As Jenny Lawson’s hundreds of thousands of fans know, she suffers from depression. In Broken, Jenny brings readers along on her mental and physical health journey, offering heartbreaking and hilarious anecdotes along the way.
With people experiencing anxiety and depression now more than ever, Jenny humanizes what we all face in an all-too-real way, reassuring us that we’re not alone and making us laugh while doing it. From the business ideas that she wants to pitch to Shark Tank to the reason why Jenny can never go back to the post office, Broken leaves nothing to the imagination in the most satisfying way. And of course, Jenny’s long-suffering husband Victor―the Ricky to Jenny’s Lucille Ball―is present throughout.
20% laugh out loud funny
40% mental health, chronic illness, serious stories – dark but eloquent
Her mental health is much worse than mine which always scares me a little that I might get to that level. But her writing about her experiences with depression and anxiety help me accept my own foibles better.
Quotes + Notes
“It’s probably not true. It’s not true.
That first line is what I feel. The second is what I know.”
“My doctor told me that when you finally get into remission from depression you are 350 percent more likely to stay in remission if you exercise thirty minutes a day six times a week.”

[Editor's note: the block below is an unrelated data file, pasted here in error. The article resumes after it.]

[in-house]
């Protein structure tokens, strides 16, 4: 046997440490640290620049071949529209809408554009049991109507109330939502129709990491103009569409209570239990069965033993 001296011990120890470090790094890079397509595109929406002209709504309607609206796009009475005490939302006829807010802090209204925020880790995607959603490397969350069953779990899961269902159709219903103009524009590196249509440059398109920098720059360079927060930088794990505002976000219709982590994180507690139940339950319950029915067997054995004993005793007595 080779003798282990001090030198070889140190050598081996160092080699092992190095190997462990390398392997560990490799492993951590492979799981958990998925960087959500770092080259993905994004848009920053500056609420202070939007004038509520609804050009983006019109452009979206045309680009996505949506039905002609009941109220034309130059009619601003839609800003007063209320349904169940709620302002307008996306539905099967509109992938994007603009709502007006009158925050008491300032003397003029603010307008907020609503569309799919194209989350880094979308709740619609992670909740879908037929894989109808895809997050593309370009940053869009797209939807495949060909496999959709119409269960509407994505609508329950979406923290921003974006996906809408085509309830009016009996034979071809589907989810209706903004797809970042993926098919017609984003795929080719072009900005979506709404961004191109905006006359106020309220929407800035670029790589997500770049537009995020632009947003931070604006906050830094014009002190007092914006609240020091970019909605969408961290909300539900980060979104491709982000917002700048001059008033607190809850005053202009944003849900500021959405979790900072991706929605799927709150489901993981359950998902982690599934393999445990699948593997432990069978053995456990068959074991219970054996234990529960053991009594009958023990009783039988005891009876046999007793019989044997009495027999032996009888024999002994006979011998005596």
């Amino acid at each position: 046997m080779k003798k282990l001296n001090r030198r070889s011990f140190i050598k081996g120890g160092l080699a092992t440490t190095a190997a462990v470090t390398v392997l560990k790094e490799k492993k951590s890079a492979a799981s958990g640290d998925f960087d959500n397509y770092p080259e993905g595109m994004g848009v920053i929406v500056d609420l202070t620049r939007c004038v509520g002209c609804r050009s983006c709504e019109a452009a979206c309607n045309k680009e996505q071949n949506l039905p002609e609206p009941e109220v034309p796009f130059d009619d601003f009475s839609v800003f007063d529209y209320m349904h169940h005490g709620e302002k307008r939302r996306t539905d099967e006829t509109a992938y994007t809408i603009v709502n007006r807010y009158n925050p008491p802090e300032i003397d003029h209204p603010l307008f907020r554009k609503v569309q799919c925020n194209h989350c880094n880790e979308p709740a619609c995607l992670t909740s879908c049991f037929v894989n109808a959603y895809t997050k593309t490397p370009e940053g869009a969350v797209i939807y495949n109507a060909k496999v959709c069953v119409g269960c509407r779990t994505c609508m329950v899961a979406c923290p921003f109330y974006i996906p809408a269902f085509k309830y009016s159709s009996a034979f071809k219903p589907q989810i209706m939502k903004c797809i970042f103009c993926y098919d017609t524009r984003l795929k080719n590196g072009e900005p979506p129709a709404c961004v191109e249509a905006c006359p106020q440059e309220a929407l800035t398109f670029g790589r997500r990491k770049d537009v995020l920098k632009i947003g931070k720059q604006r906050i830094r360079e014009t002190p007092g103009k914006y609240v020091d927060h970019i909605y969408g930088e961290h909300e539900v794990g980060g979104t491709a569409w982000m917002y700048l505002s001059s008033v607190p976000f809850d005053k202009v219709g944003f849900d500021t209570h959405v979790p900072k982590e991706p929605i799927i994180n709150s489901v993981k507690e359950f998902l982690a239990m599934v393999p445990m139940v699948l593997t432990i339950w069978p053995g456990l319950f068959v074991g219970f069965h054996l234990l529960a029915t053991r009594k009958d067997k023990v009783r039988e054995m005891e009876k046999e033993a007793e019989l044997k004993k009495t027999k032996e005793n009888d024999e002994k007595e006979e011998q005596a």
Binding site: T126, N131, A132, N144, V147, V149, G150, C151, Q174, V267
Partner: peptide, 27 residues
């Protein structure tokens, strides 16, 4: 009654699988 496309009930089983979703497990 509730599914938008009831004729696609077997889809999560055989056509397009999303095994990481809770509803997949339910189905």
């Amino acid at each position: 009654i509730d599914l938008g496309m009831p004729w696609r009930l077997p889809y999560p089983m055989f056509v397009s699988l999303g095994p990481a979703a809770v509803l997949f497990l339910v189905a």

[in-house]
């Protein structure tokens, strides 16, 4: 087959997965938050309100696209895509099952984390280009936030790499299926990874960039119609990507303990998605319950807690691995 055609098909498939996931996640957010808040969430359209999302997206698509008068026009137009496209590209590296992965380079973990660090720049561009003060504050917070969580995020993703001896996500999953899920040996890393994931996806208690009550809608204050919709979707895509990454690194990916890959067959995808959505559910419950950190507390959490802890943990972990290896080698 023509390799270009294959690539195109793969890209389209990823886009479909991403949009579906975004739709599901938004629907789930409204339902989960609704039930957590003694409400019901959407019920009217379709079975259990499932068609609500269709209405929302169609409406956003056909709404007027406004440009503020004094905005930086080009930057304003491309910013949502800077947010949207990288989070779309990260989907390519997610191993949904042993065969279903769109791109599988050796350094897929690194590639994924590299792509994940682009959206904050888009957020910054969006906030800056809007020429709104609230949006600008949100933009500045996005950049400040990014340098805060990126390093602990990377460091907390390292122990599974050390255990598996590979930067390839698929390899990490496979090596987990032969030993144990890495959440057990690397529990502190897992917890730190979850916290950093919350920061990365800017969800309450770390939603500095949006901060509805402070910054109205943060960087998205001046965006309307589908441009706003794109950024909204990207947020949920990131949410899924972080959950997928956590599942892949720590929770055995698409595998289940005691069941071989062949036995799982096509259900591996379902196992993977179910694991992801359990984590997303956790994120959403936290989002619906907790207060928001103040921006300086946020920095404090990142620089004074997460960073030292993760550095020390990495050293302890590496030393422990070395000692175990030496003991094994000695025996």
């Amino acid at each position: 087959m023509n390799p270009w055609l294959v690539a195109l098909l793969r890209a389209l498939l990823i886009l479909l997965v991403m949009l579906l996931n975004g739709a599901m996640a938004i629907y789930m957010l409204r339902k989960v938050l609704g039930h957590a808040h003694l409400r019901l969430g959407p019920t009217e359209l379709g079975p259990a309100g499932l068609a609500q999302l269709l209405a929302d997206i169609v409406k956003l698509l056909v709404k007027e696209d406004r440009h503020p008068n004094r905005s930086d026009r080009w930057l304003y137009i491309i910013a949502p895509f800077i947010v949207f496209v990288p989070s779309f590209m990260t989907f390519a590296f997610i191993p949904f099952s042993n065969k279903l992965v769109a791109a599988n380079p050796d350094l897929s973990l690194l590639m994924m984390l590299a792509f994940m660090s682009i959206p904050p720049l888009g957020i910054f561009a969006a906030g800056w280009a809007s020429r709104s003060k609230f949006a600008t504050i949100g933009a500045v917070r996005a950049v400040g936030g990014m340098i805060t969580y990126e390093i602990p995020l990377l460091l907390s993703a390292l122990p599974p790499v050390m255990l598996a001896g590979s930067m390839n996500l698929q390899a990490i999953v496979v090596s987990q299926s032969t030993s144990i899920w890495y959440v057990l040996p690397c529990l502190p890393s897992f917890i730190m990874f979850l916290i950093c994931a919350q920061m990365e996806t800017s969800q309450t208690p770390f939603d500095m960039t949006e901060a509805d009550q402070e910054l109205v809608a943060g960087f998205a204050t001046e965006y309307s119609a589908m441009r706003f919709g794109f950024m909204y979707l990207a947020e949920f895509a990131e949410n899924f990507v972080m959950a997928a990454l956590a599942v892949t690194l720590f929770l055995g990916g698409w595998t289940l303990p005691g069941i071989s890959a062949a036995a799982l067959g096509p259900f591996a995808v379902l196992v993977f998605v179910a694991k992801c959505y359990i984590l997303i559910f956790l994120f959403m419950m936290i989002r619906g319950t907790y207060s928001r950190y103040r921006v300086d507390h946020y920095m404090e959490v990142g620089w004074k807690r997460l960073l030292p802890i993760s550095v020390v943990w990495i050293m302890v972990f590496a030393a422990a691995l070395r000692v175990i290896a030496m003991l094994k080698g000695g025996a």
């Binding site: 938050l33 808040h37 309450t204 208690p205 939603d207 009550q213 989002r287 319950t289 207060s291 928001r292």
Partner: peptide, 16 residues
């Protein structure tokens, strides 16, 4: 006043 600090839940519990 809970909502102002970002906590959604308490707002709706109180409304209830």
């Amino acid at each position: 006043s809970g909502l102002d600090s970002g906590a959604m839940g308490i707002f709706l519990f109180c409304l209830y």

“I know that time given to yourself to make yourself healthier is good for you and for everyone around you. I know that it takes time and effort for some of us to stay sane. I know that I’m worth the work and that I should feel grateful that I can take care of myself without feeling guilty. So the next step is moving from knowing to feeling.“
“Treat yourself like you would your favorite pet. Plenty of fresh water, lots of rest, snuggles as needed, allow yourself naps.”
“Avoid negativity. That means the news, people, movies. It will all be there when you’re healthy again.”
“Forgive yourself. For being broken. For being you.”
“Give yourself permission to recover.”
“I make the call. I keep the appointment. I work my program. This is the never-ending work of recovery.”
“[S]ometimes you have to do the hard thing. Sometimes you have to say no. Sometimes you have to make waves. Because otherwise you can get swept away.”
“[A]ll small terrors pass. That fear can make you think irrational thoughts. That you are only ever truly trapped when you give up and allow yourself to be. Don’t give up.”
“It’s a strange thing … to be tangled up in things no one else really cares about. To be so busy with worry that your constant back-and-forth looks like utter inaction. To be so afraid of doing something wrong that you end up doing something worse. To be exhausted by a marathon that looks like complete paralysis on the outside but feels like being on both sides of a violent tug-of-war on the inside.”
“And some people, like me, have a shard forever missing, a chasm that goes straight down to the core. Anxiety. It creates a fear—of people, of strangers and friends, and of life. It makes you fragile and vulnerable and you throw up walls so that no one can reach inside, because you have to protect that core. But—and here’s the tricky part—you also have to protect the break … that empty place that you always feel, because that break is what makes you who you are.”